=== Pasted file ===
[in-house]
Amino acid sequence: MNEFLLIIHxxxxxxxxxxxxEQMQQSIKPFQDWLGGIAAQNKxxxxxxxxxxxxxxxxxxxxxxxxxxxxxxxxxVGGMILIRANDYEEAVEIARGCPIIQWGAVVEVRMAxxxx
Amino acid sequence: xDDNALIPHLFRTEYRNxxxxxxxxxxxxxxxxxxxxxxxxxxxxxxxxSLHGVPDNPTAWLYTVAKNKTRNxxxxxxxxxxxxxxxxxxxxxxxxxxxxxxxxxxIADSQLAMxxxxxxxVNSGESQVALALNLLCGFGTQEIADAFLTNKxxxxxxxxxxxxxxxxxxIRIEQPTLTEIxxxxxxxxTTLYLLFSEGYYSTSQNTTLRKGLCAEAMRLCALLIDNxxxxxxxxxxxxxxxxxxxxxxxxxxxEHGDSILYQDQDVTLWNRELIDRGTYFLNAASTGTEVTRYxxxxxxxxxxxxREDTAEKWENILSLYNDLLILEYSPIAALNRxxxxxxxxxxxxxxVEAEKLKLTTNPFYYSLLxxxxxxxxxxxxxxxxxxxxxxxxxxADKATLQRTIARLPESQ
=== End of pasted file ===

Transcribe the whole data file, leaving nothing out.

[in-house]
Amino acid sequence: MNEFLLIIHxxxxxxxxxxxxEQMQQSIKPFQDWLGGIAAQNKxxxxxxxxxxxxxxxxxxxxxxxxxxxxxxxxxVGGMILIRANDYEEAVEIARGCPIIQWGAVVEVRMAxxxx
Amino acid sequence: xDDNALIPHLFRTEYRNxxxxxxxxxxxxxxxxxxxxxxxxxxxxxxxxSLHGVPDNPTAWLYTVAKNKTRNxxxxxxxxxxxxxxxxxxxxxxxxxxxxxxxxxxIADSQLAMxxxxxxxVNSGESQVALALNLLCGFGTQEIADAFLTNKxxxxxxxxxxxxxxxxxxIRIEQPTLTEIxxxxxxxxTTLYLLFSEGYYSTSQNTTLRKGLCAEAMRLCALLIDNxxxxxxxxxxxxxxxxxxxxxxxxxxxEHGDSILYQDQDVTLWNRELIDRGTYFLNAASTGTEVTRYxxxxxxxxxxxxREDTAEKWENILSLYNDLLILEYSPIAALNRxxxxxxxxxxxxxxVEAEKLKLTTNPFYYSLLxxxxxxxxxxxxxxxxxxxxxxxxxxADKATLQRTIARLPESQ